Naron also said the dismal results for the second exam were “logical”, as the country’s top students had already passed during the first round.

“If [the percentage of students who passed] was higher than last time, we’d be very suspicious,” he said.

At Preah Sisowath High School in central Phnom Penh hundreds of students morosely listened to the announcement of results broadcast by loudspeaker yesterday afternoon.

“It’s not an easy year for me,” said an 18-year-old female student that declined to be named after learning she had failed.

“I knew that this would happen because I’m not a good student. Even though I tried to study hard this past month, I still couldn’t do any better than before.”

The crying teenager said she would have to repeat grade 12 again.

But for the few who succeeded, celebrations were ecstatic.

Lok Chanvisal, 18, who passed with an E grade, cheered and jumped around with his friends before quickly calling his father to pass on the good news.

“I was trying so hard in the last month and I never went out with my friends like I used to do,” he said, adding that he was ready to re-ignite his social life, starting last night. “It’s time for Halloween [partying], which coincides with our success.”

Education watchdogs, however, were critical that the government shelled out $2.5 million to organise the re-test, given that hardly any students passed.

“Allowing all the students who failed [to re-sit] was a waste of government budget. There should have been criteria so students who scored too low the first time [just] failed and did not get a retry,” San Chey, country coordinator for social accountability group ANSA-EAP, said.

“The scores indicate we should have great concern for the quality of education in Cambodia.”

CNRP whip Son Chhay, who also serves as deputy head of the parliamentary commission on finance and banking, said the government’s move was “very positive”.

Chhay added that he believed $250 could be reached well before 2018 if reforms were expedited. Getting civil servants back on side was “a question of survival” for the CPP, he said.

But unions representing public workers yesterday had no praise for the government.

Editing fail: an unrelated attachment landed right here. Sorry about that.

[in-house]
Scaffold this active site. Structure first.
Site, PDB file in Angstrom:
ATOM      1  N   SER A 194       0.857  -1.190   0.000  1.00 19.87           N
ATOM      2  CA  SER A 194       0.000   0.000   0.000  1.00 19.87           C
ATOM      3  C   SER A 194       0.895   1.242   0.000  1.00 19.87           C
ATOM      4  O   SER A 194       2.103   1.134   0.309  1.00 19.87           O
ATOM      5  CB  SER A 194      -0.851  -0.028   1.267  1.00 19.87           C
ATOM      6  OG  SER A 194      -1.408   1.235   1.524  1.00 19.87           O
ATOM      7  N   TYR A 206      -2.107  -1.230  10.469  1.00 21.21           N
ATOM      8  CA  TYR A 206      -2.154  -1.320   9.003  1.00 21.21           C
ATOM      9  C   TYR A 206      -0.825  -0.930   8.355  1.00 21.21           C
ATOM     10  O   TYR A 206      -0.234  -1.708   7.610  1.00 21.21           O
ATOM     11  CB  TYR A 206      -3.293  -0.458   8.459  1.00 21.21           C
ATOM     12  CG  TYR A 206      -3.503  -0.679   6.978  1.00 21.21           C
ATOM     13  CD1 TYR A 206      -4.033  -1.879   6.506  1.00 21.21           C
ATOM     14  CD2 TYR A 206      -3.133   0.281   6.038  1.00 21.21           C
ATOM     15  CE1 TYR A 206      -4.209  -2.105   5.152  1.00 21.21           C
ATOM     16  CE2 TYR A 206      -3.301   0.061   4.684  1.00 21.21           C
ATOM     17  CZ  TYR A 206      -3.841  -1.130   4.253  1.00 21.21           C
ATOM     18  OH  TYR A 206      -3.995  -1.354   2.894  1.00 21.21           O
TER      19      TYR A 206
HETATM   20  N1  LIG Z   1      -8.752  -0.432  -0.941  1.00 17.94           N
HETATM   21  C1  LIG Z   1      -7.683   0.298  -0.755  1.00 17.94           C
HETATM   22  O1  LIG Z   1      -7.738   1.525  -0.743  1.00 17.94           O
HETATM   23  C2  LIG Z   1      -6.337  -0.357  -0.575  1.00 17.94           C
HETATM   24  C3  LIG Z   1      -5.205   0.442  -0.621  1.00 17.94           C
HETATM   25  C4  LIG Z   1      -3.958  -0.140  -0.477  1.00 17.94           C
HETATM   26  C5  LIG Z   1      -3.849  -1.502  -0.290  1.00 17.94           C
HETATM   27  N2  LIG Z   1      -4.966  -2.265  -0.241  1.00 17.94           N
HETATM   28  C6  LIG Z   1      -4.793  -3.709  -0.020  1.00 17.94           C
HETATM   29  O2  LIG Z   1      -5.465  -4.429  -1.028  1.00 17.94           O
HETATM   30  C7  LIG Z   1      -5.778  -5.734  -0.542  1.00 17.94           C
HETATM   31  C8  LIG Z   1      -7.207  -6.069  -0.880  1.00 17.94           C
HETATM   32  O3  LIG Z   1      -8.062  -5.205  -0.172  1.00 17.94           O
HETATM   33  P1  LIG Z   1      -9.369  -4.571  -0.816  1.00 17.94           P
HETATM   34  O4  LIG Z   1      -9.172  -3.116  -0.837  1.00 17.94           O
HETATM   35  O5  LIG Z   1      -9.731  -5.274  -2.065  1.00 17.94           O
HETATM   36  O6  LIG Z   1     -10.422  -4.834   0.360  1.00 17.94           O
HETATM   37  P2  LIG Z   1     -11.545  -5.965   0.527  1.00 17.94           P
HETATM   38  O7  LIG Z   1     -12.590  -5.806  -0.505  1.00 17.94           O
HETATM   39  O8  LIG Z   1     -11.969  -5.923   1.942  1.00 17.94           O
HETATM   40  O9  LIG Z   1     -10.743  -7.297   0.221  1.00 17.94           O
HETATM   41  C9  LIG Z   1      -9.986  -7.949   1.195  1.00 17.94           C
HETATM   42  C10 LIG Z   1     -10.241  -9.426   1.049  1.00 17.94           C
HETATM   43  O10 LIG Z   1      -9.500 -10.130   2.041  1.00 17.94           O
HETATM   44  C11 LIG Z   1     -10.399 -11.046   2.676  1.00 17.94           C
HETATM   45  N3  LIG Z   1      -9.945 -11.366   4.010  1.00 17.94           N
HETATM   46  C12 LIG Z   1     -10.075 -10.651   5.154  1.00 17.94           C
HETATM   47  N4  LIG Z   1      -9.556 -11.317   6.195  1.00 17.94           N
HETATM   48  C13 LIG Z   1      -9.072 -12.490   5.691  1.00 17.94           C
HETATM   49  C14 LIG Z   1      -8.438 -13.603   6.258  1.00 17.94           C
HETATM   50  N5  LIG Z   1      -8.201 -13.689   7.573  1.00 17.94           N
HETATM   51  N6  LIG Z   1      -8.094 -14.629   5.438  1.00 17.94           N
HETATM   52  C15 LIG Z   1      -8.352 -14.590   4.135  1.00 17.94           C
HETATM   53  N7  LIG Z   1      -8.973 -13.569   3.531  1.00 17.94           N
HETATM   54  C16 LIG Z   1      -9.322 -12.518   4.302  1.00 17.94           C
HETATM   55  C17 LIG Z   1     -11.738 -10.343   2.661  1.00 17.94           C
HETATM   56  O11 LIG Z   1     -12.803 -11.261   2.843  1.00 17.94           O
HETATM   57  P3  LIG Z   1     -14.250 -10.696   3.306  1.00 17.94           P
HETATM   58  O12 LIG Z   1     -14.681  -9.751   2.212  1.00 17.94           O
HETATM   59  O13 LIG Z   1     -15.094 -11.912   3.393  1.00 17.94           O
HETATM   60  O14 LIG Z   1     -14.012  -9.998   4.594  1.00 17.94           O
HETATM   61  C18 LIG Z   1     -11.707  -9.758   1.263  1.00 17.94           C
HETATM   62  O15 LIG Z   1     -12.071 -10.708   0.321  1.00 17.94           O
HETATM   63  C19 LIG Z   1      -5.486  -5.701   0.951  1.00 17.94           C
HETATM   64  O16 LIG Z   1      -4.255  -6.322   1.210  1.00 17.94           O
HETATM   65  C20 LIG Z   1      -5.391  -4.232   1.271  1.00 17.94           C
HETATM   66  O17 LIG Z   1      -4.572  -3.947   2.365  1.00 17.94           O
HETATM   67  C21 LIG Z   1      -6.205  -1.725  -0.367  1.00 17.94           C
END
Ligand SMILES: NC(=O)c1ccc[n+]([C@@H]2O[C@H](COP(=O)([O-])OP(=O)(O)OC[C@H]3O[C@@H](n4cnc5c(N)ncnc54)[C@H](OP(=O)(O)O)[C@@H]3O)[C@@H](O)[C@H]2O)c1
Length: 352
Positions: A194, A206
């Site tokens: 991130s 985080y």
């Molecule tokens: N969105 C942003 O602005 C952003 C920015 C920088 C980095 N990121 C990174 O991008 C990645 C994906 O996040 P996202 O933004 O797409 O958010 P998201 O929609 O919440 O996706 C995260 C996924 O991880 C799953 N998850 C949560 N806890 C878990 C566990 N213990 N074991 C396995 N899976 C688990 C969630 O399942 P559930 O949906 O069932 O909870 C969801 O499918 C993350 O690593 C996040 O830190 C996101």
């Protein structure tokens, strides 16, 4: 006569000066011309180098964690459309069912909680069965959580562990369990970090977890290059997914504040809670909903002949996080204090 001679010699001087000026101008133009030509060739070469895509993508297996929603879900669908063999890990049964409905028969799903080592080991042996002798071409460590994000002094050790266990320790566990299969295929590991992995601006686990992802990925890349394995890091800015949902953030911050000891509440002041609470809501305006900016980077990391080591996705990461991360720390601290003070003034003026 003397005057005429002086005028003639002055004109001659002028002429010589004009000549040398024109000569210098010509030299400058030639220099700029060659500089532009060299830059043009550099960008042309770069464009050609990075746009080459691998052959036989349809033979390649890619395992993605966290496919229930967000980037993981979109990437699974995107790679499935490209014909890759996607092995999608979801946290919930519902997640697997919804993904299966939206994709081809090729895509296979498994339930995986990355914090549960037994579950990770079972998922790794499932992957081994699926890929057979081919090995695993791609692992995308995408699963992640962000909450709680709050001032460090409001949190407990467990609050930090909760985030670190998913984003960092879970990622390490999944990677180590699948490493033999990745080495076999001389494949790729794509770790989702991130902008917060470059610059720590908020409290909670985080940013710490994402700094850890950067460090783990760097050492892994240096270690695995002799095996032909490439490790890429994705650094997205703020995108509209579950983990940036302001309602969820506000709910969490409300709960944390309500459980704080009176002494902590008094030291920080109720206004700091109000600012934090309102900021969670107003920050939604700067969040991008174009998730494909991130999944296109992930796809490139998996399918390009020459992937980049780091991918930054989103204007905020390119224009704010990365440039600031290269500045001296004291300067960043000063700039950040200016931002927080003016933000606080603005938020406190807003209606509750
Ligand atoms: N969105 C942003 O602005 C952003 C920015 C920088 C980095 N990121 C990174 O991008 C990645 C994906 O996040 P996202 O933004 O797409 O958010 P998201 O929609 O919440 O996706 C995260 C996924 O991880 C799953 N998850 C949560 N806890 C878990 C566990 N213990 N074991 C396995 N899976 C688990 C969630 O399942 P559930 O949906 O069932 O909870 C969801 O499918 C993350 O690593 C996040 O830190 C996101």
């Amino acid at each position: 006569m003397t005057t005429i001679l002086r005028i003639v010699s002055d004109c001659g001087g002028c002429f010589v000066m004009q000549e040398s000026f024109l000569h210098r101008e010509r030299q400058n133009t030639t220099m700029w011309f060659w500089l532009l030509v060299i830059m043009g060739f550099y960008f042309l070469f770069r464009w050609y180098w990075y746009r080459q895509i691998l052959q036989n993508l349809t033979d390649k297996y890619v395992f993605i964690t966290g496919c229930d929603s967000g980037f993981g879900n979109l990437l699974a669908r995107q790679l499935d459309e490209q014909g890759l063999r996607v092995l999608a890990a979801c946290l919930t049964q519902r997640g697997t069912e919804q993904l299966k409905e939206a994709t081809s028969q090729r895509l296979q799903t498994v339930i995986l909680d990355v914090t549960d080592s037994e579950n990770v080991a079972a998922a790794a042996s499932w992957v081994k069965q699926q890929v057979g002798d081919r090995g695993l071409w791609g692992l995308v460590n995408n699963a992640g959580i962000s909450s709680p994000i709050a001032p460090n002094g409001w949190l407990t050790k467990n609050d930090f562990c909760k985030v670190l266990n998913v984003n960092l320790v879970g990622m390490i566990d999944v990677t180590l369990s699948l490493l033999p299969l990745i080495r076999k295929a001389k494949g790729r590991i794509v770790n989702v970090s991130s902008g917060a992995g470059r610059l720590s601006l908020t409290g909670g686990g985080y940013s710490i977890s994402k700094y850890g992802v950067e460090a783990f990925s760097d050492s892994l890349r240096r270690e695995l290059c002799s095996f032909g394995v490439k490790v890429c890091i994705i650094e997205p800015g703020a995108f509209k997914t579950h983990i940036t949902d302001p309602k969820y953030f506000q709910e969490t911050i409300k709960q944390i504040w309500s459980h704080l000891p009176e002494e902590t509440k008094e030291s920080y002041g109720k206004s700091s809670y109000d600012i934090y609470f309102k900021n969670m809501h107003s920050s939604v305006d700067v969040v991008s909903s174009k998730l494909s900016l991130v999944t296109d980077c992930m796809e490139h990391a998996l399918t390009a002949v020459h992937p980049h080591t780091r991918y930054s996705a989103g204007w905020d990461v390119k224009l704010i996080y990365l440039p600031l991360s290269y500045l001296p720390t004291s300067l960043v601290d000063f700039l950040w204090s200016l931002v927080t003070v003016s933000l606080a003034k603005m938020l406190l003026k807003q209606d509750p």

“Why do they have to wait until 2018?” said Rong Chhun of the Cambodian Independent Teachers’ Association.

Cambodian Independent Civil Servant Association head Kao Poeun said: “Despite the recent raises, their salaries are still low, so they won’t provide citizens with good public services. They will still try to make money through corruption.”

The results of students have clearly become a political battleground, for example between the teachers lobby and the Ministry – a battle over salaries and standards of teacher training.

By my calculations the eventual pass rate works out to be almost 40% – (26% on the first attempt, plus another 13% of the total on the second go.)  In other words 60% of those who enter grade 12 are for some reason not making the distance.

I can think of at least three root causes for this, and they include:

  1. Poor standards of teacher training. It is one thing to supply enough teachers, but as my figures show elsewhere on this blog, around half the teachers in Cambodia have themselves progressed no further than grade 12.
  2.  lack of teaching of study skills, and lack of textbooks or resources for students. It is one thing to attend classes in Cambodia, but many students don’t have the skills or resources to support what they learn in the classroom.
  3. Poverty. The current pass figures, low as they are, would be even lower if poor students – those from poor families – were even to make it through to grade 12. Many of those who do still need to work full time on the family farm or business simply to make ends meet with their family. Grade 12 students in many cases are forced by circumstances to treat school as their side activity; not their main one.

For more up to date figures from the Cambodian education sector – teacher student ratios and a teacher shortage in Siem Reap. Plus: How Qualified are the Teachers of Cambodia?